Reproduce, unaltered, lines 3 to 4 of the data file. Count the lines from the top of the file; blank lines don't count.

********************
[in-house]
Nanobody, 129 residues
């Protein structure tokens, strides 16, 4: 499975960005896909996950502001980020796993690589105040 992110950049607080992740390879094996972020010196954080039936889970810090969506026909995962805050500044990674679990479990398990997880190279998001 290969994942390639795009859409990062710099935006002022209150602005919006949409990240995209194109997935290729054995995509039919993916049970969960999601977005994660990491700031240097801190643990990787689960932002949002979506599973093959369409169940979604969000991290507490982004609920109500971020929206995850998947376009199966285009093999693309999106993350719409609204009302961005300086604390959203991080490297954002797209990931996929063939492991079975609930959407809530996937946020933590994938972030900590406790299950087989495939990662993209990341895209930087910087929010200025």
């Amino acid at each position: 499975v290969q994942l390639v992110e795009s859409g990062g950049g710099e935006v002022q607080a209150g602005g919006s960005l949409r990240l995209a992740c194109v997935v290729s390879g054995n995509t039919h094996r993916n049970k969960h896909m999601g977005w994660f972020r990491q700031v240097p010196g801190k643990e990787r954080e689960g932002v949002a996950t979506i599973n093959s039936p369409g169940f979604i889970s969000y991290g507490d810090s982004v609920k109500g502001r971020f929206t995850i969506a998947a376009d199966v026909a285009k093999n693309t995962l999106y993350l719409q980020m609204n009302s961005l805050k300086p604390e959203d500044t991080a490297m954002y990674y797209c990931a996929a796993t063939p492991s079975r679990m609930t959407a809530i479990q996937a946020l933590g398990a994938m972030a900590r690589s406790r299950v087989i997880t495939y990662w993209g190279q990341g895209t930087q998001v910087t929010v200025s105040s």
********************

């Protein structure tokens, strides 16, 4: 499975960005896909996950502001980020796993690589105040 992110950049607080992740390879094996972020010196954080039936889970810090969506026909995962805050500044990674679990479990398990997880190279998001 290969994942390639795009859409990062710099935006002022209150602005919006949409990240995209194109997935290729054995995509039919993916049970969960999601977005994660990491700031240097801190643990990787689960932002949002979506599973093959369409169940979604969000991290507490982004609920109500971020929206995850998947376009199966285009093999693309999106993350719409609204009302961005300086604390959203991080490297954002797209990931996929063939492991079975609930959407809530996937946020933590994938972030900590406790299950087989495939990662993209990341895209930087910087929010200025």
């Amino acid at each position: 499975v290969q994942l390639v992110e795009s859409g990062g950049g710099e935006v002022q607080a209150g602005g919006s960005l949409r990240l995209a992740c194109v997935v290729s390879g054995n995509t039919h094996r993916n049970k969960h896909m999601g977005w994660f972020r990491q700031v240097p010196g801190k643990e990787r954080e689960g932002v949002a996950t979506i599973n093959s039936p369409g169940f979604i889970s969000y991290g507490d810090s982004v609920k109500g502001r971020f929206t995850i969506a998947a376009d199966v026909a285009k093999n693309t995962l999106y993350l719409q980020m609204n009302s961005l805050k300086p604390e959203d500044t991080a490297m954002y990674y797209c990931a996929a796993t063939p492991s079975r679990m609930t959407a809530i479990q996937a946020l933590g398990a994938m972030a900590r690589s406790r299950v087989i997880t495939y990662w993209g190279q990341g895209t930087q998001v910087t929010v200025s105040s």